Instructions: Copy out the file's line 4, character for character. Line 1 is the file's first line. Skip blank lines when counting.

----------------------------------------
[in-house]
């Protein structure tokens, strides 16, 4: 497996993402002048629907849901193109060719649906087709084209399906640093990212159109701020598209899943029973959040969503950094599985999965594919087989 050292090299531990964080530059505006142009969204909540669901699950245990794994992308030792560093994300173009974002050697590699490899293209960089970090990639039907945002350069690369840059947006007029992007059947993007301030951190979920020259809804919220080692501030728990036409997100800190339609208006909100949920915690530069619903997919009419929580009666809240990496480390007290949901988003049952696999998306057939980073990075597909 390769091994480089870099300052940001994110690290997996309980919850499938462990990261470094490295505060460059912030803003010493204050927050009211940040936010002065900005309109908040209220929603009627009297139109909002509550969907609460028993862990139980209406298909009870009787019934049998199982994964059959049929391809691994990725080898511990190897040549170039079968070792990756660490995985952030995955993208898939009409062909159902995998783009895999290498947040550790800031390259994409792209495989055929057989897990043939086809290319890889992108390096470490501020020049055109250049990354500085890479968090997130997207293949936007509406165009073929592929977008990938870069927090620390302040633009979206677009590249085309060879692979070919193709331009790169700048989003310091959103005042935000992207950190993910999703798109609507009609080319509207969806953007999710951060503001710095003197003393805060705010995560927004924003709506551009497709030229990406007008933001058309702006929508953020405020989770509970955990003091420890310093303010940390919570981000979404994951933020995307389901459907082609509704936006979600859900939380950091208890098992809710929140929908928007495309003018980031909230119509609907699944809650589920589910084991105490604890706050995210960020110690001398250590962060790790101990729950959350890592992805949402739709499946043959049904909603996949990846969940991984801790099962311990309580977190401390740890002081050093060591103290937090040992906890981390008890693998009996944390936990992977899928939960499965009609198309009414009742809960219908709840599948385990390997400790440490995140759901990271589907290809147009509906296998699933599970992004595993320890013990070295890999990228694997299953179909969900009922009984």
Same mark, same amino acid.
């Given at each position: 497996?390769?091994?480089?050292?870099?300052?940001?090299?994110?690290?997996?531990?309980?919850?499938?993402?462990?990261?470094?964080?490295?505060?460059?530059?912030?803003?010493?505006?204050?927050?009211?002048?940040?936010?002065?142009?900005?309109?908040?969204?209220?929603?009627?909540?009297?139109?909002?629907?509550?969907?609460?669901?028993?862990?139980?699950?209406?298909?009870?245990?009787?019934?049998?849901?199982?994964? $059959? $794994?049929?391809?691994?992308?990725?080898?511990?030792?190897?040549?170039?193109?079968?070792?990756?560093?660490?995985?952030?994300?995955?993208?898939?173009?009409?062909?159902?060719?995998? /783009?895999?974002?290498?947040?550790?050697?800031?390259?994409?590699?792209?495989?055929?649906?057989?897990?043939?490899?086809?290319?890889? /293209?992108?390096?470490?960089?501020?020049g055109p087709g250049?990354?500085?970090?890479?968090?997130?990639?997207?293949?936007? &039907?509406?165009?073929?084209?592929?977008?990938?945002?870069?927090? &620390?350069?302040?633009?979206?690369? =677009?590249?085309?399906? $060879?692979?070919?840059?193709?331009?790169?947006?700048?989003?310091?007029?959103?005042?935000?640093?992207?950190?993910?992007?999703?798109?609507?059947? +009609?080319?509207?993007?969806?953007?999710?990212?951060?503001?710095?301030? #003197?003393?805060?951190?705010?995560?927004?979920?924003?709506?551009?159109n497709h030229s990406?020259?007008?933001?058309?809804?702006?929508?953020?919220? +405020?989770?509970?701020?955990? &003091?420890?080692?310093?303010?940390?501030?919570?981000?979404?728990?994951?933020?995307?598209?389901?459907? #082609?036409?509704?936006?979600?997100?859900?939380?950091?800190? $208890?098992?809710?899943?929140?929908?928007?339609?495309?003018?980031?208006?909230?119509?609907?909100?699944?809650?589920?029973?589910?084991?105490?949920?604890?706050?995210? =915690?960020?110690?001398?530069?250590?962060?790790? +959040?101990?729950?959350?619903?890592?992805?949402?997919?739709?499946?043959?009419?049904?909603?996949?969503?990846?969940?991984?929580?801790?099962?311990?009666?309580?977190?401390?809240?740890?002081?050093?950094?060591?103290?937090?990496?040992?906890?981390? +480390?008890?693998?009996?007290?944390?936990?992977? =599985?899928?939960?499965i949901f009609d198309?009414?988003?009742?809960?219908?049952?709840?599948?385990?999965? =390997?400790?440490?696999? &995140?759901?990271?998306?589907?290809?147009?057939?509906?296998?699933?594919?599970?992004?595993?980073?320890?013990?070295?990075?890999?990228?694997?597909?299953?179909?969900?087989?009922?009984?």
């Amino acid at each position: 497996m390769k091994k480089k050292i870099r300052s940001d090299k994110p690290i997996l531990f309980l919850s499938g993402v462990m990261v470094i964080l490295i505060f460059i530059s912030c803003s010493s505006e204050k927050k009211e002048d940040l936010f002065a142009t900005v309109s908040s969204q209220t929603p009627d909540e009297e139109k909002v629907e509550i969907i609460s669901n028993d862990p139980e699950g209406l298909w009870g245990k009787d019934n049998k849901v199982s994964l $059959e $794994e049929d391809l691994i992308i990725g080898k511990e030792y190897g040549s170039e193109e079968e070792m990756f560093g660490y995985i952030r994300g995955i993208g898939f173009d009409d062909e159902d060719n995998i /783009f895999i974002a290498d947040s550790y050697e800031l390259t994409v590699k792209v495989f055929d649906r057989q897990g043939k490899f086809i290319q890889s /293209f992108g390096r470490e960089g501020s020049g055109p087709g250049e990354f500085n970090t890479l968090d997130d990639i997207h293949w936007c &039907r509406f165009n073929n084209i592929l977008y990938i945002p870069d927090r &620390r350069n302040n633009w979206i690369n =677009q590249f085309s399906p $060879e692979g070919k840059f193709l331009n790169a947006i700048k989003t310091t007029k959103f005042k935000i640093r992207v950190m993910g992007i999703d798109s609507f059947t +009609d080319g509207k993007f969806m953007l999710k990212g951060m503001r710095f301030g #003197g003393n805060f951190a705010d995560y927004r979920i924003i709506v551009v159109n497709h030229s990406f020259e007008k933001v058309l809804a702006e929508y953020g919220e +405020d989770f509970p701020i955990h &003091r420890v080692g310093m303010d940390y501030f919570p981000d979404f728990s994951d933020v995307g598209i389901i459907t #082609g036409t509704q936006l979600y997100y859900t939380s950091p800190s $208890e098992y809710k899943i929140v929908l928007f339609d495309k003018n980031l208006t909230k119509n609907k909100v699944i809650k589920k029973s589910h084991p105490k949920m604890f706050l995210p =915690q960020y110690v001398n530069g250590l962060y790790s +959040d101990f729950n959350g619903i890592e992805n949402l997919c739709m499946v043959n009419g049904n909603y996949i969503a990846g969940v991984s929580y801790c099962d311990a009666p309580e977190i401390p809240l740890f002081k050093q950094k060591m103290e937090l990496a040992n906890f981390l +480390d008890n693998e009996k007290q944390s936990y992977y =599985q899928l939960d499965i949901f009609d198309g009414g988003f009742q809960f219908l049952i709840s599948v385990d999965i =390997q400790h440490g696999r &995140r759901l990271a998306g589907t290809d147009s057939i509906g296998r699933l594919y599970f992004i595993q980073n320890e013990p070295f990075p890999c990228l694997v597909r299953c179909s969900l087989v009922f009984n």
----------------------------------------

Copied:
């Given at each position: 497996?390769?091994?480089?050292?870099?300052?940001?090299?994110?690290?997996?531990?309980?919850?499938?993402?462990?990261?470094?964080?490295?505060?460059?530059?912030?803003?010493?505006?204050?927050?009211?002048?940040?936010?002065?142009?900005?309109?908040?969204?209220?929603?009627?909540?009297?139109?909002?629907?509550?969907?609460?669901?028993?862990?139980?699950?209406?298909?009870?245990?009787?019934?049998?849901?199982?994964? $059959? $794994?049929?391809?691994?992308?990725?080898?511990?030792?190897?040549?170039?193109?079968?070792?990756?560093?660490?995985?952030?994300?995955?993208?898939?173009?009409?062909?159902?060719?995998? /783009?895999?974002?290498?947040?550790?050697?800031?390259?994409?590699?792209?495989?055929?649906?057989?897990?043939?490899?086809?290319?890889? /293209?992108?390096?470490?960089?501020?020049g055109p087709g250049?990354?500085?970090?890479?968090?997130?990639?997207?293949?936007? &039907?509406?165009?073929?084209?592929?977008?990938?945002?870069?927090? &620390?350069?302040?633009?979206?690369? =677009?590249?085309?399906? $060879?692979?070919?840059?193709?331009?790169?947006?700048?989003?310091?007029?959103?005042?935000?640093?992207?950190?993910?992007?999703?798109?609507?059947? +009609?080319?509207?993007?969806?953007?999710?990212?951060?503001?710095?301030? #003197?003393?805060?951190?705010?995560?927004?979920?924003?709506?551009?159109n497709h030229s990406?020259?007008?933001?058309?809804?702006?929508?953020?919220? +405020?989770?509970?701020?955990? &003091?420890?080692?310093?303010?940390?501030?919570?981000?979404?728990?994951?933020?995307?598209?389901?459907? #082609?036409?509704?936006?979600?997100?859900?939380?950091?800190? $208890?098992?809710?899943?929140?929908?928007?339609?495309?003018?980031?208006?909230?119509?609907?909100?699944?809650?589920?029973?589910?084991?105490?949920?604890?706050?995210? =915690?960020?110690?001398?530069?250590?962060?790790? +959040?101990?729950?959350?619903?890592?992805?949402?997919?739709?499946?043959?009419?049904?909603?996949?969503?990846?969940?991984?929580?801790?099962?311990?009666?309580?977190?401390?809240?740890?002081?050093?950094?060591?103290?937090?990496?040992?906890?981390? +480390?008890?693998?009996?007290?944390?936990?992977? =599985?899928?939960?499965i949901f009609d198309?009414?988003?009742?809960?219908?049952?709840?599948?385990?999965? =390997?400790?440490?696999? &995140?759901?990271?998306?589907?290809?147009?057939?509906?296998?699933?594919?599970?992004?595993?980073?320890?013990?070295?990075?890999?990228?694997?597909?299953?179909?969900?087989?009922?009984?």